• Private Collection, United Kingdom
  • Acquired from the above by the present owner

Estimate: HK$22,000,000 - 32,000,000 
Hammer price: HK$20,000,000
Price realized: HK$24,450,000


The enigmatic British artist Banksy, though identity remains a mystery, is known for creating political and social commentary in his iconic stenciled form. His graffiti was first seen in the walls of Bristol in the southwest of England in the early 1990s, yet he has also left his mark in various cities across America, Australia, and Canada. 

Laugh Now Panel A features one of Banky’s most recognizable motifs, a forlorn monkey. It was initially a six-meter long spray painted mural commissioned by a nightclub in Brighton. The preset lot, with the powerful memo on the monkey’s sandwich-board that reads: “Laugh now, but one day we’ll be in charge” was also the first physical artwork to accept cryptocurrencies Bitcoin (BTC) and Ether (ETH) as payments, through Phillips’ digital wallet with Coinbase. The work received a total of five bids, and was sold to a phone bidder with the paddle number 391, for HK$24.45m (US$3.15m) with premium.

Lot 28 | George Condo, Sketches of Jean Louis, 2006

Oil on canvas
Dimensions: 215.6 x 203.5 cm

  • Luhring Augustine, New York
  • Acquired from the above by the present owner in 2006

Estimate: HK$10,000,000 - 15,000,000 
Hammer price: HK$11,000,000
Price realized: HK$13,560,000


Painted in 2006, the present work by contemporary American artist George Condo captures the fictitious French character Jean Louis, a recurring subject in Condo’s oeuvre. The slightly twisted and reinterpreted figure parodies naturalism and the angularly distorted pays tribute to Picasso’s “analytical cubism.”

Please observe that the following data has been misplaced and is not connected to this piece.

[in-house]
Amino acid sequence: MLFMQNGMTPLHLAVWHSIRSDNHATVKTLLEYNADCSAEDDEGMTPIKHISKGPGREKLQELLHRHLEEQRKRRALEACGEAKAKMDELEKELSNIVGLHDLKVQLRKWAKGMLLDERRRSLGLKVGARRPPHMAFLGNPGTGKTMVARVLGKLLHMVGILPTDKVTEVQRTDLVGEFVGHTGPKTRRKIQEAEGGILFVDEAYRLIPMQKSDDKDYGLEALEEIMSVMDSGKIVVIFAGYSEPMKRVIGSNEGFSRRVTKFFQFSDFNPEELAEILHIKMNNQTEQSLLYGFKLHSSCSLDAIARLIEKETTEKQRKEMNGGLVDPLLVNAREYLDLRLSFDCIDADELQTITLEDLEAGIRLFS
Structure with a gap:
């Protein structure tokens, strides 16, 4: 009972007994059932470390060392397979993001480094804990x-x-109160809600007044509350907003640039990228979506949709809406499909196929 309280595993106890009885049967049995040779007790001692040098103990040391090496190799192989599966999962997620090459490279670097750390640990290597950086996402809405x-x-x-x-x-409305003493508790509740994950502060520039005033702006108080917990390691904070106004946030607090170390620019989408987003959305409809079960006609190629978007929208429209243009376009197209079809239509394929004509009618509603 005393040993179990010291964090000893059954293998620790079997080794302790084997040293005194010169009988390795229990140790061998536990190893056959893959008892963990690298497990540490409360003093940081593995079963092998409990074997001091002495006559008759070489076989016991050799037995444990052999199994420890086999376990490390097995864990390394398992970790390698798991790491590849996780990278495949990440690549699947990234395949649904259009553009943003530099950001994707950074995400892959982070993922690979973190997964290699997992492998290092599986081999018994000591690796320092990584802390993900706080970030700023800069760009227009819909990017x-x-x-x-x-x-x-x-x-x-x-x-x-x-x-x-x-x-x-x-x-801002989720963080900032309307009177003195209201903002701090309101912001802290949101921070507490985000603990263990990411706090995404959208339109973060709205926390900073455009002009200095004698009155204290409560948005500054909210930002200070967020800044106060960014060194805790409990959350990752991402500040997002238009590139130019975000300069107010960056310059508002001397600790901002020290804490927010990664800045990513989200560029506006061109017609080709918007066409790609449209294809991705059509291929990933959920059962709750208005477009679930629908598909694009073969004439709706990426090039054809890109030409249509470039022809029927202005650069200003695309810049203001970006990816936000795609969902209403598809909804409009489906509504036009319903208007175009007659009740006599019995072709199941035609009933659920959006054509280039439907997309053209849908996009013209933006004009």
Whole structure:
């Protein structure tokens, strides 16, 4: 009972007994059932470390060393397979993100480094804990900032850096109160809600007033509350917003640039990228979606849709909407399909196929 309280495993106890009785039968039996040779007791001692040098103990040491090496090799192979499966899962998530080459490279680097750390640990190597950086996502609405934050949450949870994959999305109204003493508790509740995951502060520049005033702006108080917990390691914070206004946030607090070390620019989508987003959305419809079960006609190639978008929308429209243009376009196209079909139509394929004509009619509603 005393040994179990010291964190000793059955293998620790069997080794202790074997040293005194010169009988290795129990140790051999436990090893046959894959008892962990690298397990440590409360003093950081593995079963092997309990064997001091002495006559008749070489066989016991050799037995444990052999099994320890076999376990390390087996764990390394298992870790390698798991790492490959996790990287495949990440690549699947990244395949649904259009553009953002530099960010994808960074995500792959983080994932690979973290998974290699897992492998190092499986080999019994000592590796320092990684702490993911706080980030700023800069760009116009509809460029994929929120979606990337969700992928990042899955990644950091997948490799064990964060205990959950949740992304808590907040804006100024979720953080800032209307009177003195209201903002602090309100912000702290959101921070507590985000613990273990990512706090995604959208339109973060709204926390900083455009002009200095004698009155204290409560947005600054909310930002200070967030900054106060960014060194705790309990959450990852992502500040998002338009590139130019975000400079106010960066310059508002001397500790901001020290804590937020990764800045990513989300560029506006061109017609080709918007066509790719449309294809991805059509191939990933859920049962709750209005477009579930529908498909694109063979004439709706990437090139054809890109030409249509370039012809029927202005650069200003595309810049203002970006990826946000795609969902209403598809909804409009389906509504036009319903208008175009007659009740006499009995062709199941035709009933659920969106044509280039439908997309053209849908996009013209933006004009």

The “Artificial Realism” philosophy pioneered by the artist in the late 1980s blurs the line between realism and abstraction. The Picasso-esque portrait of the present lot is the result of the artist’s realistic representation of the mythic hero he imagined as a mirror for human nature. 

New records for artists: 

Tonight also saw records renewed for multiple contemporary artists, including Pakistan-born figurative painter Salman Toor, and notably, US-based artist Emily Mae Smith, whose anthropomorphic broomstick figure painting offered tonight, was hammered down for HK$10m (US$1.3m), 25 times higher than its presale low estimate of HK$400,000 (US$51,546).


Lot 2 | Emily Mae Smith, Broom Life, 2014

Oil on linen
Dimensions: 122 x 94 cm

  • Laurel Gitlen, New York
  • Acquired from the above by the present owner in 2014

Estimate: HK$400,000 - 600,000
Hammer price: HK$10,000,000
Price realized: HK$12,350,000

Lot 3 | Loie Hollowell, First Contact, 2018

Oil, acrylic, sawdust and high-density foam on linen mounted on panel
Dimensions: 122.2 x 91.4 cm

  • PACE, New York
  • Private Collection
  • Acquired from the above by the present owner

Estimate: HK$1,200,000 - 1,800,000
Hammer price: HK$8,800,000
Price realized: HK$10,898,000

Lot 1 | Salman Toor, Girl with Driver, 2013

Oil on canvas
Dimensions: 142 x 200 cm
Estimate: HK$1,200,000 - 2,200,000
Hammer price: HK$5,500,000
Price realized: HK$6,905,000

Lot 7 | Jadé Fadojutimi, Concealment: An essential generated by the lack of shade, 2019

Oil on canvas
Dimensions: 200.5 x 140 cm

  • Galerie Gisela Capitain, Cologne
  • Acquired from the above by the present owner

Estimate: HK$600,000 - 800,000 
Hammer price: HK$4,500,000
Price realized: HK$5,670,000

Lot 11 | Bernard Frize, Toky, 2018

Acrylic and resin on canvas
Dimensions: 180 x 255 cm

  • Galerie Perrotin, Tokyo
  • Acquired from the above by the present owner

Estimate: HK$1,000,000 - 1,500,000
Hammer price: HK$2,100,000
Price realized: HK$2,646,000

Auction Summary:

Auction houses: Phillips and Poly Auction 
Sale: 20th Century & Contemporary Art Evening Sale
Date: June 8, 2021
Lots offered: 35
Sold: 35
Sale rate: 100%
Sale total: HK$494,199,000 (US$63,688,758)